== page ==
ECBC successfully completes "drill and sample" testing and munitions processing

The U.S. Army Edgewood Chemical Biological Center completed its "drill and sample" testing on July 17, which sought to inspect a Livens munitions for traces of phosgene, an agent used during World War I.

The sample testing was conducted safely. Phosgene was found on the premises during the construction of the Aberdeen Proving Ground last year and is being stored at the N-Field Bunker. Since the beginning of the installation last year, other munitions have been found and were sent to the Munitions Assessment and Processing Systems facility.

APG's ongoing Installation Restoration Program has unearthed many explosively-constructed, chemical munitions and now uses MAPS to process and analyze them safely. The MAPS facility is fairly new, as it was constructed in 2003 by Chemical Material Activity for the safe disposal of chemical munitions.

The facility transfers the ownership of the waste to the ECBC, where once a material is confirmed to be a munition, CBARR technicians remove the hazardous liquid from the munition compound and decontaminate it. The hazardous liquid is then placed in a specialty bottle, approved for transport by the Department of Transportation.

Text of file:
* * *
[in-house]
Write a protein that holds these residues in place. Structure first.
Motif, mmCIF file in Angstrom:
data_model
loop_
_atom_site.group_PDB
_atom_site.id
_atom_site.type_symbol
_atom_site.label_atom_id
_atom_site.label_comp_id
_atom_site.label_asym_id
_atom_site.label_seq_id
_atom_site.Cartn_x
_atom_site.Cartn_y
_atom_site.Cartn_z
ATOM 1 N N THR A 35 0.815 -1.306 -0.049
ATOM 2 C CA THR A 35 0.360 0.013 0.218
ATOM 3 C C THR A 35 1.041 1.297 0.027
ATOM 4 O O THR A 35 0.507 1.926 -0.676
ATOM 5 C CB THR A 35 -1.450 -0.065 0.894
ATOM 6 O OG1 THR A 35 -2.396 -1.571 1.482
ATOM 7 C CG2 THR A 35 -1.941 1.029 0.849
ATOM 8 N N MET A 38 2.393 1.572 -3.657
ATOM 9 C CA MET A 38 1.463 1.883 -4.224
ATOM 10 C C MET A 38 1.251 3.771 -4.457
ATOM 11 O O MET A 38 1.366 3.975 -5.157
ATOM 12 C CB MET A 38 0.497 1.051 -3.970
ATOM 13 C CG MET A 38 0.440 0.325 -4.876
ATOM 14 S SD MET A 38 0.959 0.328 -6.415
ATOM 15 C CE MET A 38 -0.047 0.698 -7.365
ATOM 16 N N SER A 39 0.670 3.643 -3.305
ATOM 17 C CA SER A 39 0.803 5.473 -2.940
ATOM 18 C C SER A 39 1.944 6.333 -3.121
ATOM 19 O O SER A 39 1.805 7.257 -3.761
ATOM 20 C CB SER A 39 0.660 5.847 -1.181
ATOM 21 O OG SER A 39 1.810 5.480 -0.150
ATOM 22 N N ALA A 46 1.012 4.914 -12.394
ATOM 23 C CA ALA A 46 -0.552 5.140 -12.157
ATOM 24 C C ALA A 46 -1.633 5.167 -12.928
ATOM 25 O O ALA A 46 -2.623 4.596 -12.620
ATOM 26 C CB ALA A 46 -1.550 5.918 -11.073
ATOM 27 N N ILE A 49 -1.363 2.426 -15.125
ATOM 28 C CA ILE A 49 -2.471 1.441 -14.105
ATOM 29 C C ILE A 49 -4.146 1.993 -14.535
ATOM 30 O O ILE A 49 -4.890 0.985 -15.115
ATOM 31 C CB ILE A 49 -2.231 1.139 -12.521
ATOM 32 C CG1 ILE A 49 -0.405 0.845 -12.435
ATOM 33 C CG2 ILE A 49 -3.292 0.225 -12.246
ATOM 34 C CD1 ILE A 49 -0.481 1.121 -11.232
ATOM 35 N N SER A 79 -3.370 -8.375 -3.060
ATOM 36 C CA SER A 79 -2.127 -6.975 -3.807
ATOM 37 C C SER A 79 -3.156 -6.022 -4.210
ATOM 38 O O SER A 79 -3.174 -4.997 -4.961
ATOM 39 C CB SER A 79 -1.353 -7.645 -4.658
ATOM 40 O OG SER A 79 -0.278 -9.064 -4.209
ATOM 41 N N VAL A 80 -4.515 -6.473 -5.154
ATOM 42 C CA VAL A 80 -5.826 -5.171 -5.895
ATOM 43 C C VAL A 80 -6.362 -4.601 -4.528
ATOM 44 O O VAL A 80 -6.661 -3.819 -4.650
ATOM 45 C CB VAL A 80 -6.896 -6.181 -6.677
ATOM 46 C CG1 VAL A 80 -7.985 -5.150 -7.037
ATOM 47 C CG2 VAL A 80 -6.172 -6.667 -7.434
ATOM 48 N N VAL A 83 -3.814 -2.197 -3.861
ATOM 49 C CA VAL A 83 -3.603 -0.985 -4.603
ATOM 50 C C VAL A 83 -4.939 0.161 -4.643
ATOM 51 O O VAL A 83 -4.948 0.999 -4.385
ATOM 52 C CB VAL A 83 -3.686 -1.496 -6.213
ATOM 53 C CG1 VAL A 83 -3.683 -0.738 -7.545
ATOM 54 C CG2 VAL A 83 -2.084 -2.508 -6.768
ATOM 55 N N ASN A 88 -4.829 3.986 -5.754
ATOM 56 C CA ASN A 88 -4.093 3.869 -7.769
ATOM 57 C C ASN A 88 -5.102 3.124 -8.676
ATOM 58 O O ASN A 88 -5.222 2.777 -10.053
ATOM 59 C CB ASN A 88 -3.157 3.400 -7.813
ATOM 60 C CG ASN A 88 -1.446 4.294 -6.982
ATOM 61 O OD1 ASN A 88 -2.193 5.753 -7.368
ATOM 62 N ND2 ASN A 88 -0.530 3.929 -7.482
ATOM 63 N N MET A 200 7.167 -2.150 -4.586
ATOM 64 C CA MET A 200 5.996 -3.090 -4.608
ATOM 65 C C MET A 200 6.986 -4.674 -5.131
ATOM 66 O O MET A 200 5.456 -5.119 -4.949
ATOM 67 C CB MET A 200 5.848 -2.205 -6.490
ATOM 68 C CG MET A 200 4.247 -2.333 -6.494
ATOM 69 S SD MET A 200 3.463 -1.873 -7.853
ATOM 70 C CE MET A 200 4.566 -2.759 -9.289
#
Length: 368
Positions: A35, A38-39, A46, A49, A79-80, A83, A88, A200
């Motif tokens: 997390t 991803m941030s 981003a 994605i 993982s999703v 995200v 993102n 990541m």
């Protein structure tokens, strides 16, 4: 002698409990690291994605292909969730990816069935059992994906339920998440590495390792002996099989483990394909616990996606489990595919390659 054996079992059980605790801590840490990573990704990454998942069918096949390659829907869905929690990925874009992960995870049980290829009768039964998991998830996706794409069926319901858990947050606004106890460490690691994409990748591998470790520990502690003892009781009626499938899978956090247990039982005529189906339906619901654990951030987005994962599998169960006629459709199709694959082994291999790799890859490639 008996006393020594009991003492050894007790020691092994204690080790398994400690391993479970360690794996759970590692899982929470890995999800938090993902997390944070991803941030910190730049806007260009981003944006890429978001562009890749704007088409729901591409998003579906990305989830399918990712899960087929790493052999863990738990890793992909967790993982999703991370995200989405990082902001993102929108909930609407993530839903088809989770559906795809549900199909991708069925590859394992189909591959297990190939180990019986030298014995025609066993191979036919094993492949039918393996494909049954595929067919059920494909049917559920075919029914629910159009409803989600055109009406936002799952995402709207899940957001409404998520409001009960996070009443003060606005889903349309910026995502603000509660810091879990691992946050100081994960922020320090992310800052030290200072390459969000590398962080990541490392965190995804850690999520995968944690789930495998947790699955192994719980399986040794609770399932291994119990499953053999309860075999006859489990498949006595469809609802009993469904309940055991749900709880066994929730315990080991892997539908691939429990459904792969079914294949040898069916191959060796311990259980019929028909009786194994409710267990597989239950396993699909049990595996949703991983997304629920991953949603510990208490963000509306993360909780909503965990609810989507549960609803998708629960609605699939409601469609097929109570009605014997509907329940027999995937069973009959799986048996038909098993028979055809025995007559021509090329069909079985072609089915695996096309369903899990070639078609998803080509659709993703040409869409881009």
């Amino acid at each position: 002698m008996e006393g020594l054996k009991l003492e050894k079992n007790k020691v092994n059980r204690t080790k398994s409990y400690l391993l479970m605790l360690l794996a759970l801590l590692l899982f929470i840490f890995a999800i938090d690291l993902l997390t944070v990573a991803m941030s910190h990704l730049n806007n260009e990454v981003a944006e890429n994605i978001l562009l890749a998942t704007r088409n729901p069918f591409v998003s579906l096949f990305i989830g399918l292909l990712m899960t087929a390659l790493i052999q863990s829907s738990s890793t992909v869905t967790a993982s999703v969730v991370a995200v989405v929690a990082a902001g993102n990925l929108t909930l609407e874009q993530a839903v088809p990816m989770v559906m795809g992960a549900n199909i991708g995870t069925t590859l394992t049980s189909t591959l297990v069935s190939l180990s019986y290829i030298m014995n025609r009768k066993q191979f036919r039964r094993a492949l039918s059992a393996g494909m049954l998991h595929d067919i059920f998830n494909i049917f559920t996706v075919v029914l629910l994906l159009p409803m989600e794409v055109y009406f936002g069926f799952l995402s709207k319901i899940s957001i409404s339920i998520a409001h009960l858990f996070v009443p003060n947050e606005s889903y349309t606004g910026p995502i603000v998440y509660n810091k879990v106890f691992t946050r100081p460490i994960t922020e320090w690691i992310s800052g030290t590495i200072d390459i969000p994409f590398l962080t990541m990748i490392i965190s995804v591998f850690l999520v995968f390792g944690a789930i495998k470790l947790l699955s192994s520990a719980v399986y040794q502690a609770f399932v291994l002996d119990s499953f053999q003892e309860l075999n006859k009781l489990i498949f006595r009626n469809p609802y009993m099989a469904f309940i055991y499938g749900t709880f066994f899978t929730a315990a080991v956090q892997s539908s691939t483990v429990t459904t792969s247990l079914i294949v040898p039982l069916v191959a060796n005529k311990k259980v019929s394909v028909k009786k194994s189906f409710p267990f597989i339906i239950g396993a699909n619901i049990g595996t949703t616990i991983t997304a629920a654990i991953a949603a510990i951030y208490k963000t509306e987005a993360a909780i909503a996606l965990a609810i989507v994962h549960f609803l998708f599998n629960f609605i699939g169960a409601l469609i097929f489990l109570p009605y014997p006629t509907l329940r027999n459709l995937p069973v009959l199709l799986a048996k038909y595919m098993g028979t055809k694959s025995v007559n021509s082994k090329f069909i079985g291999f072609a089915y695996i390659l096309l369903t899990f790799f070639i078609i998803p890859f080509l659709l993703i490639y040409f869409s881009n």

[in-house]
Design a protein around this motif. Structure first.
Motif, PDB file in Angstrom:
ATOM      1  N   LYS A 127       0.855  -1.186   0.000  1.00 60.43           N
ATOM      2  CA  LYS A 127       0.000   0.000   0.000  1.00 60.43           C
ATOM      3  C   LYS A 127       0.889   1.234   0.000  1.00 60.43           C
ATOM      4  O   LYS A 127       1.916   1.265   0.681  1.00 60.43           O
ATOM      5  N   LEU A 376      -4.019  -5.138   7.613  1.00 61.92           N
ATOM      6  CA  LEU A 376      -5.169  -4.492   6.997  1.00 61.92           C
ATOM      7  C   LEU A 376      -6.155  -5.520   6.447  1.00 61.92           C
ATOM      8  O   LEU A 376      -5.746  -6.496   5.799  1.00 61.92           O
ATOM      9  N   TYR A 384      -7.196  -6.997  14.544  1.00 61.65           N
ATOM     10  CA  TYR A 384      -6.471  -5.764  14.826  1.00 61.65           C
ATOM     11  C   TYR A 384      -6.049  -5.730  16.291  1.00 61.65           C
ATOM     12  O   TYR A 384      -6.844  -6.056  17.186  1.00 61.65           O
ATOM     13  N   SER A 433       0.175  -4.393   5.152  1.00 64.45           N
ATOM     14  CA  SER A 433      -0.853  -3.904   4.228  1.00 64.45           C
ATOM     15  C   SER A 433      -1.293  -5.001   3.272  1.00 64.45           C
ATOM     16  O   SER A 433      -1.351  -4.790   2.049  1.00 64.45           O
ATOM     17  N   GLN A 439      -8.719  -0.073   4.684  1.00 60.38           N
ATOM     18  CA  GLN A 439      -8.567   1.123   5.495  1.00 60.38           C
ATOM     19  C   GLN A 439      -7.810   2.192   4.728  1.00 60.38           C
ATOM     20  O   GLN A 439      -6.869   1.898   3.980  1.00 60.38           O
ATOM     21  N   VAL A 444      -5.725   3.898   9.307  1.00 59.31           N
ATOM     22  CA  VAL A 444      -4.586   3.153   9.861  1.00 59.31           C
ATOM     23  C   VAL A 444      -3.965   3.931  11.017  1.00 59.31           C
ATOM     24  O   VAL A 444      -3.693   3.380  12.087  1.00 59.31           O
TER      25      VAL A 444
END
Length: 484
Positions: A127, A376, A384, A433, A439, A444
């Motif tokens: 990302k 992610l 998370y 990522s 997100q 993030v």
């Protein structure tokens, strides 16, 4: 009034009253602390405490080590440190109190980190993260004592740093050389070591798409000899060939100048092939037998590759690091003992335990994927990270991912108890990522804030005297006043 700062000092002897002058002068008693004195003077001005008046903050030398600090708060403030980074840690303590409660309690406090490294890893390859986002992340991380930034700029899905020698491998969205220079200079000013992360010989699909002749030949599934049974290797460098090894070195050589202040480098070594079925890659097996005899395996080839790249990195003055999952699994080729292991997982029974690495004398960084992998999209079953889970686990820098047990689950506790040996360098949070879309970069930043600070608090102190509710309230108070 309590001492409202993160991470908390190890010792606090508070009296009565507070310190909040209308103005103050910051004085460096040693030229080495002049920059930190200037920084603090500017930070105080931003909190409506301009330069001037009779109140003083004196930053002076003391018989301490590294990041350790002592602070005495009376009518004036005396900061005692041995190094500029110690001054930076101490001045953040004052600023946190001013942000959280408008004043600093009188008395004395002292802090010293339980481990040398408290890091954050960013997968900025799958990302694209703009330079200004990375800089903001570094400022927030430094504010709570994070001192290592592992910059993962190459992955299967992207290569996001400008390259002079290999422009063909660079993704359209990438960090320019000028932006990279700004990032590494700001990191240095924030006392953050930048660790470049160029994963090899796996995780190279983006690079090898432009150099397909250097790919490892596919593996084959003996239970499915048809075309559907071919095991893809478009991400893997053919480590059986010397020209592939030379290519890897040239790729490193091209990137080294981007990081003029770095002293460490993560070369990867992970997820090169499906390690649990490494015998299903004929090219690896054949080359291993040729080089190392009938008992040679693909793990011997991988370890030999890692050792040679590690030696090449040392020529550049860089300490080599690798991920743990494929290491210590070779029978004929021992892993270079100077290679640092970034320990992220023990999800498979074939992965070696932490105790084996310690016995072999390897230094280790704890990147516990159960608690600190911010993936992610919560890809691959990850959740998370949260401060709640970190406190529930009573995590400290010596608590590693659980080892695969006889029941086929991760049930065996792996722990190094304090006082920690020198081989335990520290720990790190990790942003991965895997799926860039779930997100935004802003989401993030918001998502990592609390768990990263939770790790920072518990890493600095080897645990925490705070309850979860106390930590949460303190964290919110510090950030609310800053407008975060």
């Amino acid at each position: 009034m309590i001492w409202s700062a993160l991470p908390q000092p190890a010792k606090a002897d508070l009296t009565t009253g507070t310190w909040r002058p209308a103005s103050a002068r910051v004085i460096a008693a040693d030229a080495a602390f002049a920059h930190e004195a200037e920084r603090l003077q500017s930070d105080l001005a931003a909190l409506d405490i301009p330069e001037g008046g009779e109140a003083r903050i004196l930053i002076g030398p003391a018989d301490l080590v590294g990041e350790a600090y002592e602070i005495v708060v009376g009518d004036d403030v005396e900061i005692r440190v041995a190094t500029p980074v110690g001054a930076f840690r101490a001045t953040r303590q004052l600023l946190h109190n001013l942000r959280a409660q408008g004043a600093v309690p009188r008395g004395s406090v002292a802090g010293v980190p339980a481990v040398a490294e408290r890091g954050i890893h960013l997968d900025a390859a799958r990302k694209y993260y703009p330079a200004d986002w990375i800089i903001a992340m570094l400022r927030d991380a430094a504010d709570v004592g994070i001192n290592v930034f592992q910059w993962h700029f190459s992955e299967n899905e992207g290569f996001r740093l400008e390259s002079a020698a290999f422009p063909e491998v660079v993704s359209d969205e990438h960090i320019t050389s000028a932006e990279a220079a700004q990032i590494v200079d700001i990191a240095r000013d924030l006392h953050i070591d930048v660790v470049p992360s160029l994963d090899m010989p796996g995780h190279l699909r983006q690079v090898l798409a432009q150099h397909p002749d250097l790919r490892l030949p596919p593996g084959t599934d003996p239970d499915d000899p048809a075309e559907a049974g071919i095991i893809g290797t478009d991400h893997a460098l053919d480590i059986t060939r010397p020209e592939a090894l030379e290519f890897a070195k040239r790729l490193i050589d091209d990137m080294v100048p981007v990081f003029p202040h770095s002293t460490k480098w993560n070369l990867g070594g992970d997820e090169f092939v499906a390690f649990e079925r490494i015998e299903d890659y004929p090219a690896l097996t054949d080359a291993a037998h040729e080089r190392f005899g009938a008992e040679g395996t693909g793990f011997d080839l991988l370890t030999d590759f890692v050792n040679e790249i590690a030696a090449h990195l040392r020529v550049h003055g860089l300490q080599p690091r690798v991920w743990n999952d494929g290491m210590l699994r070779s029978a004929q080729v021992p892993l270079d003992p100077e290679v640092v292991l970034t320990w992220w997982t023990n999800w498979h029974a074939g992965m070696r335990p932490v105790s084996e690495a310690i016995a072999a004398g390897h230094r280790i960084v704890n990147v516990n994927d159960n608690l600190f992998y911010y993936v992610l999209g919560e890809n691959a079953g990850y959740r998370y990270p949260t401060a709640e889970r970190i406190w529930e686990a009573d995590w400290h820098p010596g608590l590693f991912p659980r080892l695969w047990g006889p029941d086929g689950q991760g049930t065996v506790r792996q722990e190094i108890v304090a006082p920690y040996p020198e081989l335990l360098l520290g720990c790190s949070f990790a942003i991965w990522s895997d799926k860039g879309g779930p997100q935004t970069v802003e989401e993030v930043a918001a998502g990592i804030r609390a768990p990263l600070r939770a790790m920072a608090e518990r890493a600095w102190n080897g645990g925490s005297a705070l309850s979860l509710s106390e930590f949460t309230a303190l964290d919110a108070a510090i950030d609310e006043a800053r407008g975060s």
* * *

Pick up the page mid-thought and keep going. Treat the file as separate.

Phosgene in particular is more difficult to bottle, as its natural state is a gas. Experts capture the gas by chilling the shells of the munitions so they turn into liquid. In general, the entire process at MAPS of identifying the agent, bottling it and making the official reports on what was found takes about three days.

MAPS was created to support the ECBC's chemical-biological defense mission.